There are so many things going on and being demonstrated in this exchange. This author is fantastic with dialogue, giving it life, making it realistic, keeping it moving. This also exemplifies the author’s approach to society’s changes and the experiences of many people within it, including a gay copper and everything he is forced to navigate, especially in a small town police station. Claire sees the world as he does in many ways, but she hasn’t experienced it like he has, and vice versa. That’s probably the most interesting thing about this story, watching these two adjust to one another, learning about each other, how to read one another, in both professional and personal circumstances.
This passage also shows my one niggle with this author’s writing: nearly always using the past tense, stunting the forward movement in the action surrounding the dialogue. Instead of –Dave ground to a halt, gathered his thoughts and started again.-, it could be something like – Dave ground to a halt, gathering his thoughts and starting again. Changing at least one of those words from ‘-ed’ to ‘-ing’ would bring it more in line with the urgent, right now feeling of the conversation, making it more ‘present’ instead of ‘just happened’. I’m quite certain there are better, more technically accurate ways of explaining that but I’m not an English prof. I’m sure you get my drift.
Dave and Claire aren’t the only ones making for rich scenes and an all-consuming murder mystery. Their respective partners help make the romantic relationships of Dave and Claire one of the important branches of this story without making them front and center. Instead, Claire’s marriage and Dave’s approximately year-long partnership reflect the effects of being in a committed relationship with a copper, as well as how the relationships themselves affect being a copper. These characters also buck the stereotypes, especially as how they’re usually portrayed in literature.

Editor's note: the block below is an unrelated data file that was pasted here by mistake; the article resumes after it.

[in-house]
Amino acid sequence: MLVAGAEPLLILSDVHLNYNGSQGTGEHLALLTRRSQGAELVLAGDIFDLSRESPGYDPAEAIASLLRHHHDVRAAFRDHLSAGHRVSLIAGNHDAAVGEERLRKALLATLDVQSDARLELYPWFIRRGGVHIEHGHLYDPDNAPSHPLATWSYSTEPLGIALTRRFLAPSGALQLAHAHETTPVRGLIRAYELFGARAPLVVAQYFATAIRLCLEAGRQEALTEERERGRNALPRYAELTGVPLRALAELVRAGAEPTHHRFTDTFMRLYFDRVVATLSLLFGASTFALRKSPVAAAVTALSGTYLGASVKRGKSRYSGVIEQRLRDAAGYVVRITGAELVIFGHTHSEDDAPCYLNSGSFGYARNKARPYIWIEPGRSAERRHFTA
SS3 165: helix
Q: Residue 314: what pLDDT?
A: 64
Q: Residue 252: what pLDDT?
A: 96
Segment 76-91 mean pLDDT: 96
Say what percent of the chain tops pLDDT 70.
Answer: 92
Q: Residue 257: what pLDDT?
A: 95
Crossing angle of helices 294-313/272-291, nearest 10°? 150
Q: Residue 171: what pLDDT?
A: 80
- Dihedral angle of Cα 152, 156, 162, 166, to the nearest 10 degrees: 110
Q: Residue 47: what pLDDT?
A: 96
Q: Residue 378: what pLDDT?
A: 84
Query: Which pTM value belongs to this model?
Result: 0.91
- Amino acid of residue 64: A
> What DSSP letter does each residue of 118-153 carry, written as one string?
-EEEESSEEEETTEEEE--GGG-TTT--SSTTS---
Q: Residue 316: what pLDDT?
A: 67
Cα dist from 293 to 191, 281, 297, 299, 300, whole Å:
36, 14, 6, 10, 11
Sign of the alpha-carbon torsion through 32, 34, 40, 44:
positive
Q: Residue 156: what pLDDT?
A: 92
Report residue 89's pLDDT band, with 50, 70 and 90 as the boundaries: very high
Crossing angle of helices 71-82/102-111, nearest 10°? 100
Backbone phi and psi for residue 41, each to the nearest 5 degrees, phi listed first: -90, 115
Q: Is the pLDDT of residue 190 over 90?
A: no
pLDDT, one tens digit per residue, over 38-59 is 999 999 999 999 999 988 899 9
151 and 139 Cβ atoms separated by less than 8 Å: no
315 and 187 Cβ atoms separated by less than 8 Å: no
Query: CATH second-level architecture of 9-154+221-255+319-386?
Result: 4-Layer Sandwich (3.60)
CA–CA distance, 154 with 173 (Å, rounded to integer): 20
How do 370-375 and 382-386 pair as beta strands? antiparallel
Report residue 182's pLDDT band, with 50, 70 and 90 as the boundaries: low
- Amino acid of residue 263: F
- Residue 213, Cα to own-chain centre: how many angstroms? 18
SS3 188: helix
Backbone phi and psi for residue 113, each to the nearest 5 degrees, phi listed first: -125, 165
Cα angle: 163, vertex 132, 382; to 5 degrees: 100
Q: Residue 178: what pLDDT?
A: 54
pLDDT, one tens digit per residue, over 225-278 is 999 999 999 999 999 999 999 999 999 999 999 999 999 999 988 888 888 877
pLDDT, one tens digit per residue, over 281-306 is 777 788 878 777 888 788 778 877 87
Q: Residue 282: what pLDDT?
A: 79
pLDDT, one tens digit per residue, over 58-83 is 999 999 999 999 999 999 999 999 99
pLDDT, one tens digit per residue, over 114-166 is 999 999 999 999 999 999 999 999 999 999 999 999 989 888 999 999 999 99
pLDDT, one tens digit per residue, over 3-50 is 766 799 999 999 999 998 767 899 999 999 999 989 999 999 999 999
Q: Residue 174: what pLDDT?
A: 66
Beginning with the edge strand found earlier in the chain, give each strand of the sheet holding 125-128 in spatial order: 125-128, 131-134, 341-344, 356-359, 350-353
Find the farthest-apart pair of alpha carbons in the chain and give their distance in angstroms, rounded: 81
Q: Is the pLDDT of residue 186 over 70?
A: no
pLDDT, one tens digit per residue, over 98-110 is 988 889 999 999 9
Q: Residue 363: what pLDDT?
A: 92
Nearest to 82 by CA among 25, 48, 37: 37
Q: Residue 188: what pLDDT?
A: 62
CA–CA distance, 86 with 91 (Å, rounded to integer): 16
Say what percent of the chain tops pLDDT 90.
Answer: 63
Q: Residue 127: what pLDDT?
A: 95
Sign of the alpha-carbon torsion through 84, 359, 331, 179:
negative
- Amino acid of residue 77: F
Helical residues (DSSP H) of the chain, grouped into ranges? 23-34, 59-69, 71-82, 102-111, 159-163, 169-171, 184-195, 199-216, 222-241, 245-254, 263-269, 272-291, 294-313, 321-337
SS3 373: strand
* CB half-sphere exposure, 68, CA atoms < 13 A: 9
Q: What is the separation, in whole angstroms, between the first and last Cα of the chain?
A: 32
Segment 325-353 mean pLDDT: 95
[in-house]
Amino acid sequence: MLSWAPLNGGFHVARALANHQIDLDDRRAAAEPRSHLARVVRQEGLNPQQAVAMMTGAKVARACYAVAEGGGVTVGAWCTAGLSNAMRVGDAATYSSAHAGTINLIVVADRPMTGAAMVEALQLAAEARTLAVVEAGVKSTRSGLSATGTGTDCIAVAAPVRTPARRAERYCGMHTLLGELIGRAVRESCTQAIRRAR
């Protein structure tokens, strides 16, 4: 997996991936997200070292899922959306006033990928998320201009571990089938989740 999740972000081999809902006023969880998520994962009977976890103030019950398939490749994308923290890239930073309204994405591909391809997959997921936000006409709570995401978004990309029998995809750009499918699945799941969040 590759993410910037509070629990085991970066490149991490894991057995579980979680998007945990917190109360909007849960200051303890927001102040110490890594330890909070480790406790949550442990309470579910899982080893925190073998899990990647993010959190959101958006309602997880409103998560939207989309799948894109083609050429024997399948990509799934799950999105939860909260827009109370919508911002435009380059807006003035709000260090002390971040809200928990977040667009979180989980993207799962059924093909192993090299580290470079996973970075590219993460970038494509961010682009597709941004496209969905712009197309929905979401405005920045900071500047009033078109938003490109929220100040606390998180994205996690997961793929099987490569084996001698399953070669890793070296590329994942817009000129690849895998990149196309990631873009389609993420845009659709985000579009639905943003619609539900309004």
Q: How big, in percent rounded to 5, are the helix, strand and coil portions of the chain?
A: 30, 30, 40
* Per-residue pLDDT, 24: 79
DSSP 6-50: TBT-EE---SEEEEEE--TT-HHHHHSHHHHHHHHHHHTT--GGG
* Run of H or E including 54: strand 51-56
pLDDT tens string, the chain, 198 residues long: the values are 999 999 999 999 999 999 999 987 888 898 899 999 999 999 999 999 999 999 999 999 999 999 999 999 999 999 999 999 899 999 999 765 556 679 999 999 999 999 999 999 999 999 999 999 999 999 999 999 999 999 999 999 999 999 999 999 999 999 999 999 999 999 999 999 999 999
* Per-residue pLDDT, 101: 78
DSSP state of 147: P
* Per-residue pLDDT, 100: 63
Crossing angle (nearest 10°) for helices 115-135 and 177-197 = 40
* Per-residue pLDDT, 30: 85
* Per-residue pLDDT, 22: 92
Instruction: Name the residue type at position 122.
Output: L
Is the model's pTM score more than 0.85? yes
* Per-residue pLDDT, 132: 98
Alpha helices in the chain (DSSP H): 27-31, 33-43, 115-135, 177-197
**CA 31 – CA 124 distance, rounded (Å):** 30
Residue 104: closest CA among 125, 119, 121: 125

Other family members, some on page and some not, friends, those hurt by crimes committed against them, and those who commit them, fellow coppers, pub patrons, bosses, professors and more, they all play their roles, and all are necessary to advancing the plots.
The murder mystery itself is rather well done. Not only was I kept guessing Dave and Claire were, too. I wasn’t privy to information they didn’t have, making my experience of their working to solve the crimes quite visceral. As good as the mystery is, though, this is a story about exploration, how people can surprise you, how complicated human beings are, while at the same time being very basic when it comes to the ferocity of emotions and what they can make someone do.
This story is humorous, blunt, serious, exhibiting nearly perfect prose, with even the wobbly bits endearing themselves to me. The most spectacular inclusion is just that, inclusion. Not one character is treated as a stereotype, all of them permitted to be who they are, even the one I was sure couldn’t begin to redeem himself, or the one who appeared in no need of redemption but made it obvious they probably would.
Well done, Steve Burford. You’ve gained a loyal reader in me. I have one simple request: please bring me more of Dave and Claire and the people of Worcester, and Malvern, as is hinted by the subtitle of this book. Thank you!
I would like to thank the publisher for providing me with the eARC of this title in exchange for my honest opinion.
I have a number of paperbacks, most of which are signed, to giveaway. Over the between now (11 Mar 2017) and 31 Mar 2017, every comment on the blog (this post and all other new posts), will be entered to win 1 of these paperbacks. There are also some misc swag items, so there will be a few packs of these to give away as well.
Thank you so much for your support over the last 4 years. Prism will be closing its doors on 1 April 2017. All content will remain available, but no new content will appear after 31 Mar 2017. As such all request forms have been turned off. Again Thank you,